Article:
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Breaking the code: interception and exploitation of intraspecific vibrational communication between insects by generalist predators

Final Activity Report Summary - BREAKING THE CODE (Breaking the code: interception and exploitation of intraspecific vibrational communication between insects by generalist predators)

Aphrodes leafhoppers are small insects, common on a range of herbaceous plants. Males and females communicate through vibrational signals which are transmitted through the stems and leaves of plants from one sex to the other, enabling the leafhoppers to recognise and find one another in thick vegetation. Unlike visual signals, pheromones and air-borne acoustic signals, it was thought that these vibrational signals were a private channel for sexual communication, being unlikely to be detected by predators.

Nevertheless, we thought that potentially spiders, many of which catch prey by detecting vibrations on webs or foliage, could be intercepting these signals and use them to locate and catch the leafhoppers. The first task was to investigate which spiders’ species were eating leafhoppers in the field. To do this, we developed a method of detecting the deoxyribonucleic acid (DNA) of the leafhoppers in the spiders’ guts. This DNA would only be present if an aphrodes was consumed within the previous few days. We did this on a range of spider species, expecting that wolf spiders in particular would be leafhopper predators because they were active hunters that did not build webs. As is turned out this was not the case. The most numerous predator of aphrodes at the field site was the cobweb spider enoplognatha ovata. Up to 25 % of these spiders had aphrodes DNA in their guts, despite the fact that a myriad of other, more abundant preys, were available to them.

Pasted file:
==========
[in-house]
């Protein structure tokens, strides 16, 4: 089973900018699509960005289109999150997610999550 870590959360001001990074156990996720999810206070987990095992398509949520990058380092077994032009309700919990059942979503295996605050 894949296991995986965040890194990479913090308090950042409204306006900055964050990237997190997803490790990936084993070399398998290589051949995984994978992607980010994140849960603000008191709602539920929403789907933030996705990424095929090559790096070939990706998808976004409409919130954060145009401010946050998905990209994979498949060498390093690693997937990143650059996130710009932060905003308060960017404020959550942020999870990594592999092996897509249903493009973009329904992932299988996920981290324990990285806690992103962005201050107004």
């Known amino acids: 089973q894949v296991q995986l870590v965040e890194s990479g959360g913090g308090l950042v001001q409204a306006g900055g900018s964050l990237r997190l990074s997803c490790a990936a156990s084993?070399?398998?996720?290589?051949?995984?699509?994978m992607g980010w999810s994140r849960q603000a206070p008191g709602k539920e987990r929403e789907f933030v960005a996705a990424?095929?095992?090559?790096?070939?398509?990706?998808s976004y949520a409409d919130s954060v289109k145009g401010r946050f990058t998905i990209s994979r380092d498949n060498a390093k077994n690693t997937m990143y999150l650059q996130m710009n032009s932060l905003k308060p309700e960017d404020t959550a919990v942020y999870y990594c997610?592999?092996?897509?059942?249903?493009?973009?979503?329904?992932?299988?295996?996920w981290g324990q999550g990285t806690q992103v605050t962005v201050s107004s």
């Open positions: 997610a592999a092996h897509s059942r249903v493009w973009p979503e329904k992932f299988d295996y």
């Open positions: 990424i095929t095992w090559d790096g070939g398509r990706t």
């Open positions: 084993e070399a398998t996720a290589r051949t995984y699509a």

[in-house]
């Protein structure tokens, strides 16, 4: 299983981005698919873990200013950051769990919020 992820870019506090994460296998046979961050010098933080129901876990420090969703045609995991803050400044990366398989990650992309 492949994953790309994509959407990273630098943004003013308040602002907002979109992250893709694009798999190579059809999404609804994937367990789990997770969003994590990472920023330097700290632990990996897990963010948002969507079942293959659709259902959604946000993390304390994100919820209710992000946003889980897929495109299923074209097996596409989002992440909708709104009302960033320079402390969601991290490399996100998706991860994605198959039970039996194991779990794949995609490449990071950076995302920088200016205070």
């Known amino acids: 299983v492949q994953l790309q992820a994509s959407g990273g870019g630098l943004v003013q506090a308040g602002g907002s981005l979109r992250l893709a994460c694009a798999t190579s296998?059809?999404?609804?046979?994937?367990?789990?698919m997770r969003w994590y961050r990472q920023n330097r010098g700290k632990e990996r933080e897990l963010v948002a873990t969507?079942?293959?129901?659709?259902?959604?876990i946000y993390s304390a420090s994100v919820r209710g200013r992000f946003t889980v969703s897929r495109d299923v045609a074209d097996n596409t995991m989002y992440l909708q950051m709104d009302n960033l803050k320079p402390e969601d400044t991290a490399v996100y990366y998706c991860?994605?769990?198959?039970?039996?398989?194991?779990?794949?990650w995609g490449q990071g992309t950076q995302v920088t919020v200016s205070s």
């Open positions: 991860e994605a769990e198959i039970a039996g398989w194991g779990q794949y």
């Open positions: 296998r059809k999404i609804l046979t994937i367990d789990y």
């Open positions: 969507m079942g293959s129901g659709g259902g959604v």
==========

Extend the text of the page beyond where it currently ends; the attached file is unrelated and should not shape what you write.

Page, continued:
We then conducted feeding trials in the lab with both wolf spiders, i.e. pardosa amentata, and cobweb spiders. The pardosa wolf spiders did not eat live aphrodes even when no other prey was available, confirming our field results. However, enoplognatha not only reduced aphrodes numbers but also showed a preference for males. As males produced a stronger and more complex vibrational signal than the females, this preference was further evidence that it was the signals that the spiders employed to find their prey. We then utilised a laser vibrometer to record and play back the male leafhopper vibrational signal to spiders through plant leaves. Interestingly, the cobweb spiders spent more time on the plants when male vibrational signals were being played. This was not the case when we played female signals or the sound of a walking insect, suggesting once again that the strong signal of the males affected the behaviour of cobweb spiders. Wolf spiders showed no significant response to any of the signals.

We concluded from the abovementioned evidence that the cobweb spider enoplognatha ovata did actually use the vibrational signals of male aphrodes to home in on its prey. This was a phenomenon rarely detected in any predator and never observed in spiders before this research project.